Regulation is only going one way, equaling an ever growing need to evidence competency. With 52,000 more firms due to come under the Senior Managers Regime by 2018, Simon Mercer, Unicorn ComplianceServe Product Manager, asks ‘What’s your training strategy for compliance?’
As the summer stretched into September, the FCA fed back on the first tranche of its accountability regulation for all UK banks, building societies, credit unions and PRA-designated investment firms, which took effect in March last year.
There was some good news – most firms had engaged with the challenges of the Senior Manager and Certification Regimes, identifying their Senior Managers (SMs) and allocating Senior Management Functions (SMFs) and responsibilities.
But there was also concern that some had not fully understood the guidance or implemented the regime correctly.
In some of these cases it wasn’t clear if a person had sufficient seniority to hold the SMFs and discharge the responsibilities they had been designated. In others, it wasn’t clear as to who exactly was responsible for what in their Statement of Responsibilities (SoRs) and maps. Meanwhile, some SoRs were missing required information and some maps weren’t detailed enough on governance protocols.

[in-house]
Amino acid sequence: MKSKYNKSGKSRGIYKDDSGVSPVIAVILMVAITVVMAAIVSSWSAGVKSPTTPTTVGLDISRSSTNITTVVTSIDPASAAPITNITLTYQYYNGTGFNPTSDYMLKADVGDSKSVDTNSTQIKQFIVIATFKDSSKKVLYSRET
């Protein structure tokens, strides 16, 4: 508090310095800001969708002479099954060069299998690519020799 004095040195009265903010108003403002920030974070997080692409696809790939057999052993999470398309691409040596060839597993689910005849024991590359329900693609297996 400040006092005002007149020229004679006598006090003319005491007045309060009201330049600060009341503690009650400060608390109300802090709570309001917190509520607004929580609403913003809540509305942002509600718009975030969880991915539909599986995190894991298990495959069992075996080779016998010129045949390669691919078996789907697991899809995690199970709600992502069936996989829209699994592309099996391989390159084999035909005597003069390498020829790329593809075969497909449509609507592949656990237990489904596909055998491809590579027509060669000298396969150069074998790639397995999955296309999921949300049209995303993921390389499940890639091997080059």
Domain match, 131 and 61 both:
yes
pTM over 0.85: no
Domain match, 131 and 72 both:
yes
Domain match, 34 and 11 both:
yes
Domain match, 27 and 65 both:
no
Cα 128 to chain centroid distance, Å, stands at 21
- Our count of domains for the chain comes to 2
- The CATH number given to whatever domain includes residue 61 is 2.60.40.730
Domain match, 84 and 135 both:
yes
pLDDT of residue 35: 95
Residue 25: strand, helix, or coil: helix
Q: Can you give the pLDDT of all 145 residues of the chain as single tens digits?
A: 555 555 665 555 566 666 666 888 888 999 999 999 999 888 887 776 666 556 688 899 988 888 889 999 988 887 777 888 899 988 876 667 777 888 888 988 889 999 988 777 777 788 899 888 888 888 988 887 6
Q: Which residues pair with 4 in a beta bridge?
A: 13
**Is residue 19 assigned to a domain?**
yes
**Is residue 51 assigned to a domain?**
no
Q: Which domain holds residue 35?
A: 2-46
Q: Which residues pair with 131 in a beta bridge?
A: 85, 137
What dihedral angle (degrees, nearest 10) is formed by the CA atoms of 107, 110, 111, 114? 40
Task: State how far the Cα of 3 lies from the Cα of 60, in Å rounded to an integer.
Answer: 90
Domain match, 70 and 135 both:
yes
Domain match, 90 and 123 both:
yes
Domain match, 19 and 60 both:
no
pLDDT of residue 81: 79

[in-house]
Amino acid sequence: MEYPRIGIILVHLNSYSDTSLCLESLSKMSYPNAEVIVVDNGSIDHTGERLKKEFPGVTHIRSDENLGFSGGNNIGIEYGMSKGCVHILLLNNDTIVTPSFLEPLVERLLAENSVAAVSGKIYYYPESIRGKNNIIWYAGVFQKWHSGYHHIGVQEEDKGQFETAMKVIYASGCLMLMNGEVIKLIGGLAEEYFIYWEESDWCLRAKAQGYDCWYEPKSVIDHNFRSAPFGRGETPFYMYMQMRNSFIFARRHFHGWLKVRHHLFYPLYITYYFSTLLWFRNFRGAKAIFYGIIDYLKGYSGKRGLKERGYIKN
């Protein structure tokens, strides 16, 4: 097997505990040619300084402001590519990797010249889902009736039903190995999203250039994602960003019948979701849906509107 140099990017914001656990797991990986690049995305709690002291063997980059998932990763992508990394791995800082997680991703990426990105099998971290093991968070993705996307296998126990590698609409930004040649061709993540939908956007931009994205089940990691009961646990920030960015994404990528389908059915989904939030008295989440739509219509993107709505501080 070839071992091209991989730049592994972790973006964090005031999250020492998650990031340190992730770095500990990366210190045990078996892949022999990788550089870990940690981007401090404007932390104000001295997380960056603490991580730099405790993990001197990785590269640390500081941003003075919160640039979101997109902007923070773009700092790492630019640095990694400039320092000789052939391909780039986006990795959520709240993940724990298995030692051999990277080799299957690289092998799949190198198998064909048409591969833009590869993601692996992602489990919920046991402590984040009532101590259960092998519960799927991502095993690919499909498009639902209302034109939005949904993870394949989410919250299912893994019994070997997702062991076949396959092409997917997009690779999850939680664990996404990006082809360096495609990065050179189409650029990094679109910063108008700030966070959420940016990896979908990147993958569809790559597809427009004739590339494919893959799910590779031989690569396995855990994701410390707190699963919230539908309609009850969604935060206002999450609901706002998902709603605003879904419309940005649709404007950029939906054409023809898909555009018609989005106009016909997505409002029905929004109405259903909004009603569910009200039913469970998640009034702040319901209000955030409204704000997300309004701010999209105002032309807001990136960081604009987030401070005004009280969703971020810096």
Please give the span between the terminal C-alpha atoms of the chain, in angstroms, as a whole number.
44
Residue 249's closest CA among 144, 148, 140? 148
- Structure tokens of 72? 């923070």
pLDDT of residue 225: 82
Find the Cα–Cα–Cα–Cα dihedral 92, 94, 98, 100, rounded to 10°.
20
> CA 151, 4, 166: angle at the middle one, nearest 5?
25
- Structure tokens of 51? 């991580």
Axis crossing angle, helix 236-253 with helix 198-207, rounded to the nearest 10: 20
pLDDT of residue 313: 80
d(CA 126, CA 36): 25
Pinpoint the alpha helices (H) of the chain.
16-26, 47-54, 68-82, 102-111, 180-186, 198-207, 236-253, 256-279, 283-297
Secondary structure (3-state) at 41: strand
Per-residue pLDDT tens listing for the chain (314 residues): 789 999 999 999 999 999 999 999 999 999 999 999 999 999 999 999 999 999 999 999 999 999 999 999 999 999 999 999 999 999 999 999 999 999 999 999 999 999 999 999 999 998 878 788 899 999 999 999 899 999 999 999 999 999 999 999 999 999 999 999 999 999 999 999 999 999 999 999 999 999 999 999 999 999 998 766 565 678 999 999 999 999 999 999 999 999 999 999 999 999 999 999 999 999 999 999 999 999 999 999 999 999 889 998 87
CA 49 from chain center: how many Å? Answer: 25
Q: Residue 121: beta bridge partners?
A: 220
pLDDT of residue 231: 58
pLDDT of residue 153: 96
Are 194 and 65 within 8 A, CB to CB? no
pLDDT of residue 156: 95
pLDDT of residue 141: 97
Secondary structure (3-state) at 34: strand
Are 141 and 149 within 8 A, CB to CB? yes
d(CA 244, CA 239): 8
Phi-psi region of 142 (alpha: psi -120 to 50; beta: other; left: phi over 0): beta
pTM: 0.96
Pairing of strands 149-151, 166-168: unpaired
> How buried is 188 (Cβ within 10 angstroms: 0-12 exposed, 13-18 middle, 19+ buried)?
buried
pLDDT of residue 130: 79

And that was just the first part of SMR. With the March deadline for ‘part two’ Certification looming, these firms have also been grappling with benchmarking for job roles that now come under the SMR, identifying and listing core competencies and KPIs, and the practicalities of issuing certificates to newly Certified Persons.
None of this has been quick, and none of it is easy.
It has to be championed by a Senior Manager and driven from the top down.
With the second tranche of the SMR, for Financial Services and Markets Act-authorised firms, coming in 2018, and those firms in the first tranche having ongoing compliance to contend with, the SMR and Certification is staying firmly on agenda.
To avoid the FCA’s regulatory bite, firms must be able to show well-documented roles and responsibilities, clear lines of reporting and produce the required evidence of competency within the wider context of Accountability compliance.
So what does that actually mean for firms, wherever they are on their SMR journey?